Olympic legacy package becomes clearer 

The final legacy package for Whistler has been settled on, for now.

It brings $273 million to the resort for new facilities, upgrades to existing ones, and endowments for others.

But it does not set in stone the provincial government’s agreement to expand the municipal boundaries or give the resort new financial tools.

Instead the Highlights of the Lasting Legacies for Whistler document states: "The B.C. government is examining the potential for new financial tools…" and is committed to pursuing "expansion of municipal boundaries in conjunction with key stakeholders."

That’s commitment enough for Mayor Hugh O’Reilly.

"I am comfortable that we have commitments to everything the community should be concerned about," he said.

Also, according to the document, the Whistler Conference Centre will no longer be getting $14 million for Phase II renovations, should the Games come to town.

Instead the financial commitment has been reduced to $3 million.

The money will come from the $620 million already promised by senior levels of government for facilities and venue upgrading and construction.

"It was thought at this point that the legacy of new resident and employee housing required more of a commitment and the other project required a smaller commitment," said Sam Corea, spokesman for the Vancouver 2010 Bid Corporation.

"This is all a result of the discussions between the resort municipality the Bid Corporation and all the interested parties working together to come up with a package on the lasting legacies for Whistler."

But the $11 million didn’t disappear. Ten million of it has been moved over the pay for the athlete’s village slated for the Callaghan Valley.

The village will now get $30 million, along with another $13 million for the development of an athlete’s centre.

"It is a prudent move to make sure there is enough funding for the village so that anything that shows up that they haven’t been able to foresee will be covered," said Mayor Hugh O’Reilly.

"I think the idea is that if in fact it can be done for less then the funding could be shifted back over to the conference centre."

O’Reilly believes the value of an environmentally sensitive conference centre may be unclear at the moment.

"I think the value of the conference centre is still not as well understood so it will be upon us to demonstrate how those environmental improvements in the building are a great testimony to our whole bid process," he said.

"…We are never going to give up on Phase II. I mean there is still a lot of work to do to demonstrate the importance of that even within our own community.

"I think it is a timing issue."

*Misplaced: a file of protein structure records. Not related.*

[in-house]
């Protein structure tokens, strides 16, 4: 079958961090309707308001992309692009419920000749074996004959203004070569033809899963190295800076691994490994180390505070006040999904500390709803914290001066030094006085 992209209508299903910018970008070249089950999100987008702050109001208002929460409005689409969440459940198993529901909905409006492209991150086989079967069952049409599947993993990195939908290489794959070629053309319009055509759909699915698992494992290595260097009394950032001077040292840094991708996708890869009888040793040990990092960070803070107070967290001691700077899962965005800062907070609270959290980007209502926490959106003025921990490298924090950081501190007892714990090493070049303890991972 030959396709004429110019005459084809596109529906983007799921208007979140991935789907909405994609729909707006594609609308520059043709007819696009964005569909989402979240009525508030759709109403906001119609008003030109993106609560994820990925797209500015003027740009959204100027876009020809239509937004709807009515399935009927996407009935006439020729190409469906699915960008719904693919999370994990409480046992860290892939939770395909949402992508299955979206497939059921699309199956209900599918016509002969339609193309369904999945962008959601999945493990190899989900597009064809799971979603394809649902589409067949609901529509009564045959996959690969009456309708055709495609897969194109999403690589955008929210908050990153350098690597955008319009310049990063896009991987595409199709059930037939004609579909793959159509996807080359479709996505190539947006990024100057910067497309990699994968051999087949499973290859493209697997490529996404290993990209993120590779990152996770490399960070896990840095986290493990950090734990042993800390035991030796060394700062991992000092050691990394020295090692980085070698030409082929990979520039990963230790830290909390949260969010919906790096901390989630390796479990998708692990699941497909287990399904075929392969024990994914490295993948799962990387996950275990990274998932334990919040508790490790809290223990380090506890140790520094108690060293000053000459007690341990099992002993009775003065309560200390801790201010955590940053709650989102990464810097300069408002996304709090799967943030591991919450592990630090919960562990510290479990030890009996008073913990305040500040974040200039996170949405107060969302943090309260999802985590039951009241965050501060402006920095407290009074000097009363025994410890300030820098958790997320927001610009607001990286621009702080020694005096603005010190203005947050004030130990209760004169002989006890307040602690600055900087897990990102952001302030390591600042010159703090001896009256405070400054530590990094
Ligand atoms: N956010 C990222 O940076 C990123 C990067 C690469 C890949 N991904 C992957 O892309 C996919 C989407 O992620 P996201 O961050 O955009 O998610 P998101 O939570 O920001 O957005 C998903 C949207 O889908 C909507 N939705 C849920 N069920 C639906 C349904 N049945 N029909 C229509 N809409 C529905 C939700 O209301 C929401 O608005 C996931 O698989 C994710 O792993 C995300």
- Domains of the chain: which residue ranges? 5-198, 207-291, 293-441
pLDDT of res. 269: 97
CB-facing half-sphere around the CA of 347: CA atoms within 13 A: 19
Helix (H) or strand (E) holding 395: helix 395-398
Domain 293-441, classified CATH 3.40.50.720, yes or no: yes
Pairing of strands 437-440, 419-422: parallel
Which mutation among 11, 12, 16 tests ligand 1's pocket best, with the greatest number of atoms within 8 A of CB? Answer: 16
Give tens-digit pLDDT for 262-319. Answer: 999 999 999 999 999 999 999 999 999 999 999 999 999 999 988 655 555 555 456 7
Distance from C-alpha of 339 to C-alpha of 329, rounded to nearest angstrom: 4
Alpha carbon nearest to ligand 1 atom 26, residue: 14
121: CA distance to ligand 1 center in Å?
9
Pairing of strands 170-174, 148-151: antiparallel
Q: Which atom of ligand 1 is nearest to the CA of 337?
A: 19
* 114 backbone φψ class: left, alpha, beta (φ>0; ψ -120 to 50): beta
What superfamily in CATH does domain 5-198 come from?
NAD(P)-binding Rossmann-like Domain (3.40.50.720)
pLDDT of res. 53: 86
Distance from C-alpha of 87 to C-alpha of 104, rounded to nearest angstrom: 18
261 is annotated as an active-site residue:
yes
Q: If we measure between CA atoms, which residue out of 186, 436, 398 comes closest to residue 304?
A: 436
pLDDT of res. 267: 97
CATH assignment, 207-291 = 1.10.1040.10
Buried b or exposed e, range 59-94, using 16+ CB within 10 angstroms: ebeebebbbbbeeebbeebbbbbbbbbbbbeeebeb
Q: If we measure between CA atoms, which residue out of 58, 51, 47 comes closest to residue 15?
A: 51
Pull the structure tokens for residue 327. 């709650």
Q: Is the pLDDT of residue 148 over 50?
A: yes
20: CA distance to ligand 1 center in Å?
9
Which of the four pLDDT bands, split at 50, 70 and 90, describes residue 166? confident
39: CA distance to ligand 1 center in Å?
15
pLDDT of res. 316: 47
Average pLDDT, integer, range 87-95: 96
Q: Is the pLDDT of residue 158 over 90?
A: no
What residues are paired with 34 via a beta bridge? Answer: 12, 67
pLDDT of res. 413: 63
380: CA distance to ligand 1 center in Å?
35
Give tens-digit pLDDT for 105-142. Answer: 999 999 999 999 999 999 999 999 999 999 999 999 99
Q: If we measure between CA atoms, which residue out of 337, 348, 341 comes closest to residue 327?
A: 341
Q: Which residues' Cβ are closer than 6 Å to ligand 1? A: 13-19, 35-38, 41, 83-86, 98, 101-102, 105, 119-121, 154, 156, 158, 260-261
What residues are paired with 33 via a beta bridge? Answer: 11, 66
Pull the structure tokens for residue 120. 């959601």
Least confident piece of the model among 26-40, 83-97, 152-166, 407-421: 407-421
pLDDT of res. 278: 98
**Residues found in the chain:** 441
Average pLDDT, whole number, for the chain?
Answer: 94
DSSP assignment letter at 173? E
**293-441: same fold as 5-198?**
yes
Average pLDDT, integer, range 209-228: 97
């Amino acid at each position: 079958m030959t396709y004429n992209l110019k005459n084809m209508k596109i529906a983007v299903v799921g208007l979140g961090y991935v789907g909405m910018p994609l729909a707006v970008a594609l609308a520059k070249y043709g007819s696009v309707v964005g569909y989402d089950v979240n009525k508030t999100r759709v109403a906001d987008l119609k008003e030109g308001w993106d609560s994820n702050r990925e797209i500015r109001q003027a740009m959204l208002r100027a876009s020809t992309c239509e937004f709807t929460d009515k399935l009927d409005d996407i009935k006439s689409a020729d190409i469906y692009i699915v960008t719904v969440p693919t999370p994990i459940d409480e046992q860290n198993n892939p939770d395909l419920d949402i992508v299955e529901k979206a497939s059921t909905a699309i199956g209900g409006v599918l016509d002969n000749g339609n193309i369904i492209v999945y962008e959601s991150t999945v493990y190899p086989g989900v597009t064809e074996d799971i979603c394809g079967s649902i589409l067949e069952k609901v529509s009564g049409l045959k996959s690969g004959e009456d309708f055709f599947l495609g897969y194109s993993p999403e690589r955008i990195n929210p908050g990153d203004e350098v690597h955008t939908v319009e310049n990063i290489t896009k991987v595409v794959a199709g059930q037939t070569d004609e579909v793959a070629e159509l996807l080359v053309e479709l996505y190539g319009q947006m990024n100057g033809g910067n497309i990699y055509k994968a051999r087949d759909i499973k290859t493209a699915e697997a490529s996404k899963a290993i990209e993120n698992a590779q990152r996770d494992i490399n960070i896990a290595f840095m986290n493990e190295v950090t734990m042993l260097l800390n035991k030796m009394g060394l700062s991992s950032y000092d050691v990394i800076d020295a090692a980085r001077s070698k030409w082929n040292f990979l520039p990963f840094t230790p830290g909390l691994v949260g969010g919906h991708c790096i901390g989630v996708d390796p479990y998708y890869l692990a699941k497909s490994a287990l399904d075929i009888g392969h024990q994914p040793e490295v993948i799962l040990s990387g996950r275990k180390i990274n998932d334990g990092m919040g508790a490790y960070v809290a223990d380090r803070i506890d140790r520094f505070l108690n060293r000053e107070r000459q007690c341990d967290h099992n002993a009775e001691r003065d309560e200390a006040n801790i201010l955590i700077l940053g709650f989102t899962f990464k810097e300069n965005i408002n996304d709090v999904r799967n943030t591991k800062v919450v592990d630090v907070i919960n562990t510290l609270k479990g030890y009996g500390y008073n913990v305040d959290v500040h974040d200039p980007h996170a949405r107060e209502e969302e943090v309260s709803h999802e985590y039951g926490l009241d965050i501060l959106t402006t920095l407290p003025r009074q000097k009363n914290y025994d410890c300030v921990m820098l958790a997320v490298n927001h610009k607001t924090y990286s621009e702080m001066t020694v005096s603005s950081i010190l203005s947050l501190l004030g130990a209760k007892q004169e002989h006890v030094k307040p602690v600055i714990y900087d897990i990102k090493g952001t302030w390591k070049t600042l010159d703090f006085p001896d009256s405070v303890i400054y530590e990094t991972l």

The athlete’s centre will allow "development of accommodation for athletes to allow ongoing training and hosting of world cups with a dedicated accommodation base."

Also included in the legacy package is a parcel of land, up to 300 acres, to be used as a land bank for resident housing in the future. The land bank will be in the Callaghan.

The proposed multi-complex/entertainment centre is slated to get $20 million. It would be located on Lots 1 and 9 behind the current Olympic information centre and used for Paralympic events.

If the municipality decides not to move ahead with the complex the money would be used to upgrade the Meadow Park Sports Centre.

The Nordic Centre in the Callaghan will get an investment of $102 million, the bob/luge track will get $55 million and there will be a $50 million endowment fund to assist with the operation of both these facilities after the Games.

The money for the upgrade to the downhill events on Whistler and Blackcomb has yet to be finalized and was not included in this document. In the mini Bid Book it was estimated they would cost $9.3 million US.

Other legacies listed in the document include partnership opportunities with First Nations people and the provincial government for the benefit of the provincial economy and partnerships with the Canadian Olympic Committee and the Canadian Paralympic Committee for youth and sport development.

It is also expected that over 3 billion people worldwide will tune in to watch the Games as they unfold on television.

The municipality is fully indemnified by the Province of B.C. against the cost of the Olympics and has stated there will be no increased property taxes to pay for the Games.

More information on the legacies is available on the municipal Web site at www.whistler.ca , and the Oct. 21 council meeting will be devoted to discussion of the Olympics.

The meeting will start at 6 p.m. and will be held at the Fairmont Chateau Whistler. Both council and members of the Olympic Bid Corporation will make presentations on the legacies and take questions and comments from the floor.

It’s likely that at the end of the meeting council will vote on whether or not to endorse the Games coming to Whistler.

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